This number is incredibly useful in directly determining how well a wood will withstand dents, dings, and wear—as well as indirectly predicting the difficulty in nailing, screwing, sanding, or sawing a given wood species.

Janka hardness testing
Janka hardness testing

The actual number listed in the wood profile is the amount of pounds-force (lbf) or newtons (N) required to imbed a .444″ (11.28 mm) diameter steel ball into the wood to half the ball’s diameter. This number is given for wood that has been dried to a 12% moisture content, unless otherwise noted.

For reference, white oak has a Janka hardness of 1,350 lbf (5,990 N), while the super-hard lignum vitae has a hardness of an astounding 4,390 lbf (19,510 N). (Who could imagine a wood species that is over three times harder than white oak?) On the lower end of the spectrum, basswood has a hardness of around 410 lbf (1,820 N).

hardness

Also, in some instances (where noted), I’ve estimated the Janka hardness value using equations that use the wood’s basic specific gravity, as found in the paper, “Estimating Janka Hardness from Specific Gravity for Tropical and Temperate Species.”

Related Articles:

Are you an aspiring wood nerd?

The poster, Worldwide Woods, Ranked by Hardness, should be required reading for anyone enrolled in the school of wood nerdery. I have amassed over 500 wood species on a single poster, arranged into eight major geographic regions, with each wood sorted and ranked according to its Janka hardness. Each wood has been meticulously documented and photographed, listed with its Janka hardness value (in lbf) and geographic and global hardness rankings. Consider this: the venerable Red Oak (Quercus rubra) sits at only #33 in North America and #278 worldwide for hardness! Aspiring wood nerds be advised: your syllabus may be calling for Worldwide Woods as part of your next assignment!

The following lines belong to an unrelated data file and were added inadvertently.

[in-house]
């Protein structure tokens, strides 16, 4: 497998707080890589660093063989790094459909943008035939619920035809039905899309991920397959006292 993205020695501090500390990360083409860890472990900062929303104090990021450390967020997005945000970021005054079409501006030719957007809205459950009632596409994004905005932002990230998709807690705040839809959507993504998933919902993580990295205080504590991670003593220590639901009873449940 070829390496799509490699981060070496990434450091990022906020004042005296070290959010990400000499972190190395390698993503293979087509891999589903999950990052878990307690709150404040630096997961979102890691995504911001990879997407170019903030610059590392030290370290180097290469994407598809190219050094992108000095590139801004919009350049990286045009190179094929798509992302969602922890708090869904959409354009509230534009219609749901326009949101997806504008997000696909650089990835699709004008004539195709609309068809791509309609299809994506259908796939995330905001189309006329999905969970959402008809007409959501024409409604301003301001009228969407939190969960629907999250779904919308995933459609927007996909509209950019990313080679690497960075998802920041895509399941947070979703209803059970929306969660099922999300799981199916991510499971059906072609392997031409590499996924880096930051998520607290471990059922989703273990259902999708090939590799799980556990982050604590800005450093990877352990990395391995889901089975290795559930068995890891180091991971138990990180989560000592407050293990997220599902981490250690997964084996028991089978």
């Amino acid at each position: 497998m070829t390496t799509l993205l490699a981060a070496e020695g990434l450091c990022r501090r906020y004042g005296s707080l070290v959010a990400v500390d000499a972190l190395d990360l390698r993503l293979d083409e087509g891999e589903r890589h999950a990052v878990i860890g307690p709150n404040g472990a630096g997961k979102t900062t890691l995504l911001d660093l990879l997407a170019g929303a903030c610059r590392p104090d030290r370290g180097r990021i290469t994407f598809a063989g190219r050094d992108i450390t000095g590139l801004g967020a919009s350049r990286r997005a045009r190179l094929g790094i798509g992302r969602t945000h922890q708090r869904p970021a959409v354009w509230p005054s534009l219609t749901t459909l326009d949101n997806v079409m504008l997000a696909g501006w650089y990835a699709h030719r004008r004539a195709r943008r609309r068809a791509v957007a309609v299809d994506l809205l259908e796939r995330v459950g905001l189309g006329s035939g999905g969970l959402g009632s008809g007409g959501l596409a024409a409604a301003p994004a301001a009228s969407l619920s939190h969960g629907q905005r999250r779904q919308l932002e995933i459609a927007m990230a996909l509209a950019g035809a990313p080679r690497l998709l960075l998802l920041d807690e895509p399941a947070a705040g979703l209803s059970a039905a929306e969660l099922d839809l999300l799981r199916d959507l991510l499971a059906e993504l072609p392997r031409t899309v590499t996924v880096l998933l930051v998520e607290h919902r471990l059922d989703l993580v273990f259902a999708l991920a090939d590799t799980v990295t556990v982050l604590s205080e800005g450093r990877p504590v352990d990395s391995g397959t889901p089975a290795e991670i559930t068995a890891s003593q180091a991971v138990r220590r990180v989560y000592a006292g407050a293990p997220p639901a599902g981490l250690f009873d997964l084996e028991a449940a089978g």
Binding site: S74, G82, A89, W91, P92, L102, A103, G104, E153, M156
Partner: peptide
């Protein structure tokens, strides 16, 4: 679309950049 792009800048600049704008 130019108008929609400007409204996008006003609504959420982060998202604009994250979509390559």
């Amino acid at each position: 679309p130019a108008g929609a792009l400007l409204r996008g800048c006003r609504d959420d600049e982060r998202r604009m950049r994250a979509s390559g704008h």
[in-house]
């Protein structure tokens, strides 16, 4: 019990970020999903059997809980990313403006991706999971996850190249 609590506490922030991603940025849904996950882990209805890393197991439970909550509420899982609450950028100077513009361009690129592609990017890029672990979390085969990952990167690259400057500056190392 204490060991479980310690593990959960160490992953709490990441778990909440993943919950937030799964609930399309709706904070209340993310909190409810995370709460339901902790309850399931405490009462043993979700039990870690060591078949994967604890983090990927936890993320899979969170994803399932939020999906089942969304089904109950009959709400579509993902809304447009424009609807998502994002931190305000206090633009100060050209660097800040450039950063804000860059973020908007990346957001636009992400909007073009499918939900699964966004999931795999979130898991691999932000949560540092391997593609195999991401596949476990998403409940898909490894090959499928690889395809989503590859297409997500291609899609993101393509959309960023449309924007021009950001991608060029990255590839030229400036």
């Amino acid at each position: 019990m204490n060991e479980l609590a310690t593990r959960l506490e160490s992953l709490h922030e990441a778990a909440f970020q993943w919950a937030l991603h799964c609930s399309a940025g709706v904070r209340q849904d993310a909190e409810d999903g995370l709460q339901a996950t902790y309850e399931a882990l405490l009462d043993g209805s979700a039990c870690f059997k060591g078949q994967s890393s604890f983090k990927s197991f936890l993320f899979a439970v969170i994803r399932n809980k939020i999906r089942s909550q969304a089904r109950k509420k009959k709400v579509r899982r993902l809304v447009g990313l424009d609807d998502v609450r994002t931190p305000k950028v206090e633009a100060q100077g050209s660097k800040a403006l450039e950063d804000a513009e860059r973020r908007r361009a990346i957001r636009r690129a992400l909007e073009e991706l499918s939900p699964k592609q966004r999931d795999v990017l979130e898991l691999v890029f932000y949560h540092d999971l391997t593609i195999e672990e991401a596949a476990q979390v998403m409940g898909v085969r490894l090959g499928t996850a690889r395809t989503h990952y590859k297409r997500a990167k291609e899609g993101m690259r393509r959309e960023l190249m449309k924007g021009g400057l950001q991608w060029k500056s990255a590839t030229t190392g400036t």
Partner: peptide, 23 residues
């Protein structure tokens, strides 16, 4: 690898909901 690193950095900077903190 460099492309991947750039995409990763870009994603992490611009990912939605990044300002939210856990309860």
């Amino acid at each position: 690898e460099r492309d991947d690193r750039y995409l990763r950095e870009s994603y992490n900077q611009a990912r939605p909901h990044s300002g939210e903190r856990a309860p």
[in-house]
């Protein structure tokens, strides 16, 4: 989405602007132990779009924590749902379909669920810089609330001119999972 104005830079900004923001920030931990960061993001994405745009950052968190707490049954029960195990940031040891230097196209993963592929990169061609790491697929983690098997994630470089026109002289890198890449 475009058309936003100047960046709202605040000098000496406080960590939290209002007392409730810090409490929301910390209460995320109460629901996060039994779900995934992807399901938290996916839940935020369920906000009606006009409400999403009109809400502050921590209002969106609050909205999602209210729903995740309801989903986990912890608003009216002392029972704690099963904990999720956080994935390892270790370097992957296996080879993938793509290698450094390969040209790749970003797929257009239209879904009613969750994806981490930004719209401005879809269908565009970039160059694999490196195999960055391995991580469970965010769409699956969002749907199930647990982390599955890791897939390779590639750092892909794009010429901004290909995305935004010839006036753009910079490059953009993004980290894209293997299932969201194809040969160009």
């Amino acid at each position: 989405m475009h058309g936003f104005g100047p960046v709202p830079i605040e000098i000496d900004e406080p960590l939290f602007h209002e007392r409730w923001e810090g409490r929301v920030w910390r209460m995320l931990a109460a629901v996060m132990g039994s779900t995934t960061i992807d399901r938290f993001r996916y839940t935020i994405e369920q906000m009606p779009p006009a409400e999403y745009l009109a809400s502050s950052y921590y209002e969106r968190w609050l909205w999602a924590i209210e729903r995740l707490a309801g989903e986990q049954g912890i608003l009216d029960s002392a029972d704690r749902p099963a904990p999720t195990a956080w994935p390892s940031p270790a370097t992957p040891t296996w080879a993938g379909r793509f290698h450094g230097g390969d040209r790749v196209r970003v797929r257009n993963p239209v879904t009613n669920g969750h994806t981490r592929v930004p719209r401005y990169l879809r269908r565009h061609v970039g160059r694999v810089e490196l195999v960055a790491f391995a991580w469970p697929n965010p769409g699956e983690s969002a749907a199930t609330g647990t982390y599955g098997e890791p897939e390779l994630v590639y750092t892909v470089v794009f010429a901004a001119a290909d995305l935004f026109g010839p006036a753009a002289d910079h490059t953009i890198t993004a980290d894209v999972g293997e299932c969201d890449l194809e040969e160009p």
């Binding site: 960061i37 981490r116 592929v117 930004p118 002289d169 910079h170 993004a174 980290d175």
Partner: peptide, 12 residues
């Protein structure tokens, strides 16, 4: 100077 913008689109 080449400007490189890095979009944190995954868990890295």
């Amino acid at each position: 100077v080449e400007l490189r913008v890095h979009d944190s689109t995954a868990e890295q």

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Keith GebhardtMarciPine GuyRamon AlvarezAntony Croft Recent comment authors
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Keith Gebhardt
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Keith Gebhardt

I sent you an email, but here is the short version. I wonder if you could test ginkgo biloba for its janka rating. At almost 270 million years old, I’m surprised it’s not listed anywhere. There is no tree that has stood through glacier shifts, continental shifts, ice ages, dinosaurs, and even mankind. Definitely a worthy wood to be catalogued.

Marci
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Marci

I was wondering your thoughts on a butcher block counter. Where would you draw the line for the hardness? (Nobody likes dings and dents all over their counters) Also, when will this become available again?

Pine Guy
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Pine Guy

So, this would measure the ability of a wood be bulletproof?

Ramon Alvarez
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Ramon Alvarez

What size pieces are needed to run a Janka test and where can these tests be carried out?

Muzzled ?????? ?????????
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Muzzled ?????? ?????????

We are install solid wood/sand poly floor in a new home with a full basement, what vapor barrier should we use

stephensaugnier
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stephensaugnier

I had a question – At what measure of hardness is a wood classified as a hardwood or softwood? Is there a specific threshold?